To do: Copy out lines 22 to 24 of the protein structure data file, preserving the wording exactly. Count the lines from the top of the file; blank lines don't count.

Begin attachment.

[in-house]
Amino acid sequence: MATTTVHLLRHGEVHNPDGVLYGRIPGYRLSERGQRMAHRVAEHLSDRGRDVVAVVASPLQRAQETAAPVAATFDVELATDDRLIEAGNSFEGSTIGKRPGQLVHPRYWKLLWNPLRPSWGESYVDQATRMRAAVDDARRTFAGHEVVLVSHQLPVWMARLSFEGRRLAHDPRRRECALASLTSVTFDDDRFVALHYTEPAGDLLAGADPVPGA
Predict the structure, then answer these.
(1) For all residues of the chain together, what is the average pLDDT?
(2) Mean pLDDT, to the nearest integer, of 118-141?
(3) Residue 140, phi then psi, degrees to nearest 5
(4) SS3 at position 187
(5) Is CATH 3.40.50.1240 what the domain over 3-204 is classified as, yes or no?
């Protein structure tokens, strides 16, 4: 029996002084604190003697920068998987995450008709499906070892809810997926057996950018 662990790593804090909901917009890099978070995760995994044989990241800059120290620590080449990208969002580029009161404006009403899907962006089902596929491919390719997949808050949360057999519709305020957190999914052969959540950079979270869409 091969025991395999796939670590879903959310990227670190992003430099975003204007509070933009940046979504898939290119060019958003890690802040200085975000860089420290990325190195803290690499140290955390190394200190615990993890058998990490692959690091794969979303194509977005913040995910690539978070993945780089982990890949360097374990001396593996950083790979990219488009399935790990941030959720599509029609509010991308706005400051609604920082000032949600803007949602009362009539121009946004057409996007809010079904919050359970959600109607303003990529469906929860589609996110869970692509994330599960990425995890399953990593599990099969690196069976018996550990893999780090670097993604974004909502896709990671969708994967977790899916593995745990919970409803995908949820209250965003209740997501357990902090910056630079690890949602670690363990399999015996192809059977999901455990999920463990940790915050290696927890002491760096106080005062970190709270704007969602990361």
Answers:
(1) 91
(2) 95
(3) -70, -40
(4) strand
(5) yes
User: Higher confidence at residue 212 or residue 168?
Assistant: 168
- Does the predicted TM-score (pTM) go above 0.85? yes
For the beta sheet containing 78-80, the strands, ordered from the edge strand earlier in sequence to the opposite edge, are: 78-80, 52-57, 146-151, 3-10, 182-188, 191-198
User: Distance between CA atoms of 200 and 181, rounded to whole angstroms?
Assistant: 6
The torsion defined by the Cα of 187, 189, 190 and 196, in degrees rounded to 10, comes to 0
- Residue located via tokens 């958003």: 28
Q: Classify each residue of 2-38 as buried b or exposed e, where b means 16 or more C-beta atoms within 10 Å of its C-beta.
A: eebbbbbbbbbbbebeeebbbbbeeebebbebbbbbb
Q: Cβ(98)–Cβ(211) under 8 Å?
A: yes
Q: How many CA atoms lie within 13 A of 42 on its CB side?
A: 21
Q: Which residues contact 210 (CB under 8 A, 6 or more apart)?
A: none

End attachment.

The torsion defined by the Cα of 187, 189, 190 and 196, in degrees rounded to 10, comes to 0
- Residue located via tokens 């958003």: 28
Q: Classify each residue of 2-38 as buried b or exposed e, where b means 16 or more C-beta atoms within 10 Å of its C-beta.